This story was originally published January 5, 2016.
It’s been just over four months since the Seattle Mariners parted ways with their former general manager – Jack Zduriencik. For many fans, the club waited too long and should have dismissed the baseball executive several years earlier.
That’s an understandable sentiment from the fan base of an organization that hasn’t reached the postseason in 14 years, which happens to be the longest current playoff drought in the majors.
A month later, the club hired Jerry Dipoto to take Zduriencik’s place and revitalize the organization. In just three months, the new general manager performed a major facelift on his team’s roster by making 10 trades and signing four major and six minor leaguers.
Overall, Seattle added 17 new players to their 40-man roster since the end of the 2015 season. On top of that, he re-signed free agent Mariners Hisashi Iwakuma and Franklin Gutierrez. Dipoto’s frenetic pace has been fueled by his desire to change the identity of the entire organization, while attempting to contend in 2016.
During the Zduriencik-era, noteworthy position player acquisitions were predominantly focused on acquiring sluggers, which normally came at the expense of the team’s defense – a key component to run prevention.
Conversely, the new front office has set out to field a team that takes advantage of spacious Safeco Field from an offensive and defensive standpoint. Dipoto’s position player transactions have been designed to add players with good on-base ability who aren’t defensive liabilities.
Dipoto’s aggressive attempt to reboot the Mariners roster could be viewed as an indictment of Zduriencik’s legacy by some, but I believe it’s unfair to characterize his seven-year stint in the Emerald City as a complete failure.
Yes, it’s true that he didn’t accomplish his ultimate goal of building a sustainable, successful ball club. But, to say that “Jack Z” didn’t have any positive impact on the Mariners would be incorrect. Assuming that there aren’t any significant changes made to the team between now and Opening Day, Zduriencik’s fingerprints will be all over the club’s 25-man roster.
If the Mariners were fortunate enough to reach the postseason in 2016, I’d expect that Dipoto would feel compelled to acknowledge his predecessor for leaving him with a solid foundation to build upon.
I understand that defending the former Mariners general manager won’t gain me friends in the Pacific Northwest or make me more popular on social media, assuming that I was ever popular. But, it’d be wrong to not acknowledge Zduriencik’s contributions to the organization that he led for seven years.
Don’t get me wrong – I thought that Seattle needed to make a change. After Geoff Baker of the Seattle Times chronicled the level of organizational dysfunction during Zduriencik’s watch, it became abundantly clear that club waited too long to make a move.
Despite the negative organizational climate revealed by Baker and the team’s poor showing on the field — only two winning season and three others with 90-plus losses — there’s a positive footnote to Zduriencik’s tenure. Specifically, a significant number of players acquired or retained during his time in Seattle are likely to have a positive impact on the 2016 Mariners.
Many of these players could make a difference for several more years. Take a look at the players who are most likely to earn — or at least compete for — a spot on the club’s Opening Day roster and you may agree with me. Let’s start with the most likely starting nine.
||How Acquired||General Manager
|1B||Adam Lind||.277||.360||.460||2.2||1.5||Trade||Jerry Dipoto|
||.334||.446||2.1||3.5||Free Agent||Jack Zduriencik|
||1.7||1.8||Amateur FA||Jack Zduriencik|
|LF||Nori Aoki||.287||.353||.380||1.5||0.9||Free Agent||Jerry Dipoto|
|CF||Leonys Martin||.219||.264||.313||0.5||1.2||Trade||Jerry Dipoto|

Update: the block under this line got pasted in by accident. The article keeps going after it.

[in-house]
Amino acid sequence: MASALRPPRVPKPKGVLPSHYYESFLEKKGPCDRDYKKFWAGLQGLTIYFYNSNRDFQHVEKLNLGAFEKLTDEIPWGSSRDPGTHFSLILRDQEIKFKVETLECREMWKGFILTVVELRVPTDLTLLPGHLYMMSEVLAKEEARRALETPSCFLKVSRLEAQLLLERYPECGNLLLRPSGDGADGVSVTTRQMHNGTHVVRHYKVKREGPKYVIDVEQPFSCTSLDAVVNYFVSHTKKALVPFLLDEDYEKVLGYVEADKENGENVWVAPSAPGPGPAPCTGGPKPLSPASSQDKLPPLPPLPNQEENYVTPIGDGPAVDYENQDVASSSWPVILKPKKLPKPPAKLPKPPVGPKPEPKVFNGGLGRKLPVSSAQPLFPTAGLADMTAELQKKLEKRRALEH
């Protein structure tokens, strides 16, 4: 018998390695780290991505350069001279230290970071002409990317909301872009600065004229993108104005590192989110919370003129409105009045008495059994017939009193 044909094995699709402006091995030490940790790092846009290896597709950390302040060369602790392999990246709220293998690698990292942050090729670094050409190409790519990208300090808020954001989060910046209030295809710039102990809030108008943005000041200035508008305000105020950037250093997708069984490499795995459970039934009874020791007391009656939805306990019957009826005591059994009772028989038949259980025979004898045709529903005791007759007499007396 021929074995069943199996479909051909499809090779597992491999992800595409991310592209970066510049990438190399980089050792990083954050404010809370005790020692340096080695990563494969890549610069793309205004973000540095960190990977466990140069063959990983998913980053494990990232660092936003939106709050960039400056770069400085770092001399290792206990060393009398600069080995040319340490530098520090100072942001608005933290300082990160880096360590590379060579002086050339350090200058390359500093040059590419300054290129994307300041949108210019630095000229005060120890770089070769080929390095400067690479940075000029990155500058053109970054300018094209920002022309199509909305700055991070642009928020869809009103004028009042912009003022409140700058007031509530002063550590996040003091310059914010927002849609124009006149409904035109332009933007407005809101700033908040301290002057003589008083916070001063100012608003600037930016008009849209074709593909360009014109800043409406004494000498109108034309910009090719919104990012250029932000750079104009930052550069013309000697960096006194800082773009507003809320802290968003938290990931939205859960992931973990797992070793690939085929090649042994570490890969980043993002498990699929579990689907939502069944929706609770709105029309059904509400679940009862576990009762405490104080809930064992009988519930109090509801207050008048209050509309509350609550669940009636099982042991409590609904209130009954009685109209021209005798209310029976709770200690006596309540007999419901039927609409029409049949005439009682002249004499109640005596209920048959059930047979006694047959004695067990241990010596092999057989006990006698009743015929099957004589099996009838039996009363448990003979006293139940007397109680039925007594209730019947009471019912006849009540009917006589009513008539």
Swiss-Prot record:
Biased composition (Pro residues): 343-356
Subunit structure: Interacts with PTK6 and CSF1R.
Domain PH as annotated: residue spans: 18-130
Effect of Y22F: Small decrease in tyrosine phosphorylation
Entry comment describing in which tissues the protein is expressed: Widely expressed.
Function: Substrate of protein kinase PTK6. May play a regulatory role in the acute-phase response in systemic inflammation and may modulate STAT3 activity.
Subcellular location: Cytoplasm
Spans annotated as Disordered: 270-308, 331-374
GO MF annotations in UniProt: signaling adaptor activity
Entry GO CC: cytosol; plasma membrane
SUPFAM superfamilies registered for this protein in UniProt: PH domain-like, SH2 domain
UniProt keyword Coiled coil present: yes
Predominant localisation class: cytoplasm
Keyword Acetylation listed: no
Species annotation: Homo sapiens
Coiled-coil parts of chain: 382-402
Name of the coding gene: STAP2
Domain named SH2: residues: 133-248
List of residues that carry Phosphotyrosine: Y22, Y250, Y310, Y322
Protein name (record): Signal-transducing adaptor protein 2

||4.8||1.6||Free Agent||Jack Zduriencik|
|C||Chris Iannetta||.188||.293||.335||0.5||1.7||Free Agent||Jerry Dipoto|
As you can see, five of the projected starting position players are holdovers from the Zduriencik’s tenure. At least four – Robinson Cano, Kyle Seager, Nelson Cruz, Ketel Marte – are likely to be with the team after next season.
Granted, Cruz may show signs of significant decline and Cano will be age-34 by 2017. But, Seager will be in his prime and Marte will only be 23-years-old after next season. Inheriting a core composed of these four position players — plus Seth Smith — had to influence Dipoto’s stated belief that the Mariners can compete in 2016.
Another component of the roster that had to boost Dipoto’s confidence is the cadre of starting pitchers he inherited. Depending on the outcome of the competition for the final two rotation spots, it’s possible that three of Dipoto’s starters could be Jack Z holdovers, plus Felix Hernandez who was signed as an amateur free agent during Pat Gillick’s tenure.
||How Acquired||General Manager
||2.8||4.7||Amateur FA||Pat Gillick|
||2.9||Free Agent||Jack Zduriencik|
|SP||Wade Miley||32||193.2||4.46||3.81||2.6||2.1||Trade||Jerry Dipoto|
|SP||Nate Karns||26||147.0||3.67||4.09||1.5||1.0||Trade||Jerry Dipoto|
|SP||Mike Montgomery||16||90.0||4.60||4.67||0.3||0.1||Trade||Jack Zduriencik|
Most observers view the likely Opening Day rotation to be Hernandez, Iwakuma, Wade Miley, Taijuan Walker, and Nate Karns. That doesn’t mean James Paxton and Mike Montgomery can’t or won’t win the final two spots in the rotation, but Walker started 29 games last season and improved significantly after Memorial Day.
Assuming the team carries seven relievers, there will be four available bench spots. The following list isn’t all-inclusive and some new names are likely to be added to the fray between now and when players report to Peoria. But, I think I’ve captured the candidates who have the best chances of making the big league club. Several were acquired by the former front office.
|Potential Bench Players|
||How Acquired||General Manager
|C/1B||Steve Clevenger||.287||.314||.426||0.0||0.4||Trade||Jerry Dipoto|
|1B/DH||Jesus Montero||.223||.250||.411||-0.5||0.2||Trade||Jack Zduriencik|
|INF||Chris Taylor||.170||.220||.223||-0.4||0.3||Draft||Jack Zduriencik|
|OF||Franklin Gutierrez||.292||.354||.620||2.3||0.6||Trade||Jack Zduriencik|
|OF||Shawn O’Malley||.262||.418||.357||0.1||0.0||Free Agent||Jack Zduriencik|
|OF||Boog Powell #||.257||.360||.364||N/A||0.3||Trade||Jerry Dipoto|
|C||Mike Zunino||.174||.230||.300||-0.5||0.4||Draft||Jack Zduriencik|
|# Slash numbers are minor league stats|